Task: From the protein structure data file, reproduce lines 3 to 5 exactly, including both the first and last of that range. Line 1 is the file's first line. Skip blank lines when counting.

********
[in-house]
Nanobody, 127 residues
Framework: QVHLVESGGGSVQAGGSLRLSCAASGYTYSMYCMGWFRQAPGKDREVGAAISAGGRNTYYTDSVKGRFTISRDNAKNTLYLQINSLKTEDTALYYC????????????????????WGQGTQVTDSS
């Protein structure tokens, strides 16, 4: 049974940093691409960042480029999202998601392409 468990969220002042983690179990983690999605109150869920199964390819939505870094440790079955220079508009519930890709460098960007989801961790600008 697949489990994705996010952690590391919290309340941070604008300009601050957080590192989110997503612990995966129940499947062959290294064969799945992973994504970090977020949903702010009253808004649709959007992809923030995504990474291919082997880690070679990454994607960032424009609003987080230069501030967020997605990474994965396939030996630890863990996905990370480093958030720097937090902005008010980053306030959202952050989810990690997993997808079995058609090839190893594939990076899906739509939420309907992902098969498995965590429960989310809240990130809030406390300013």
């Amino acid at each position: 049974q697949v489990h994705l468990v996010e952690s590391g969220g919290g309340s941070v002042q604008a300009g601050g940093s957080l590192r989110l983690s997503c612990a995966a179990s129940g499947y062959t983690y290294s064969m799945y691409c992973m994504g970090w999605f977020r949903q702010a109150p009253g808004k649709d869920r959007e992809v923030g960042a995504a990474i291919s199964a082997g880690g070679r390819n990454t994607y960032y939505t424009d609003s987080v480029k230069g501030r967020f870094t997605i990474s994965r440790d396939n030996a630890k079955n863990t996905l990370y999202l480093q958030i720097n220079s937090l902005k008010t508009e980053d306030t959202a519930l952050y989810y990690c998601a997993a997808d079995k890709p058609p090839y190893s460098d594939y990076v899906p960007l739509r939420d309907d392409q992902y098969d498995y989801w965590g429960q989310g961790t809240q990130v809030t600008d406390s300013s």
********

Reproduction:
Framework: QVHLVESGGGSVQAGGSLRLSCAASGYTYSMYCMGWFRQAPGKDREVGAAISAGGRNTYYTDSVKGRFTISRDNAKNTLYLQINSLKTEDTALYYC????????????????????WGQGTQVTDSS
């Protein structure tokens, strides 16, 4: 049974940093691409960042480029999202998601392409 468990969220002042983690179990983690999605109150869920199964390819939505870094440790079955220079508009519930890709460098960007989801961790600008 697949489990994705996010952690590391919290309340941070604008300009601050957080590192989110997503612990995966129940499947062959290294064969799945992973994504970090977020949903702010009253808004649709959007992809923030995504990474291919082997880690070679990454994607960032424009609003987080230069501030967020997605990474994965396939030996630890863990996905990370480093958030720097937090902005008010980053306030959202952050989810990690997993997808079995058609090839190893594939990076899906739509939420309907992902098969498995965590429960989310809240990130809030406390300013």
């Amino acid at each position: 049974q697949v489990h994705l468990v996010e952690s590391g969220g919290g309340s941070v002042q604008a300009g601050g940093s957080l590192r989110l983690s997503c612990a995966a179990s129940g499947y062959t983690y290294s064969m799945y691409c992973m994504g970090w999605f977020r949903q702010a109150p009253g808004k649709d869920r959007e992809v923030g960042a995504a990474i291919s199964a082997g880690g070679r390819n990454t994607y960032y939505t424009d609003s987080v480029k230069g501030r967020f870094t997605i990474s994965r440790d396939n030996a630890k079955n863990t996905l990370y999202l480093q958030i720097n220079s937090l902005k008010t508009e980053d306030t959202a519930l952050y989810y990690c998601a997993a997808d079995k890709p058609p090839y190893s460098d594939y990076v899906p960007l739509r939420d309907d392409q992902y098969d498995y989801w965590g429960q989310g961790t809240q990130v809030t600008d406390s300013s």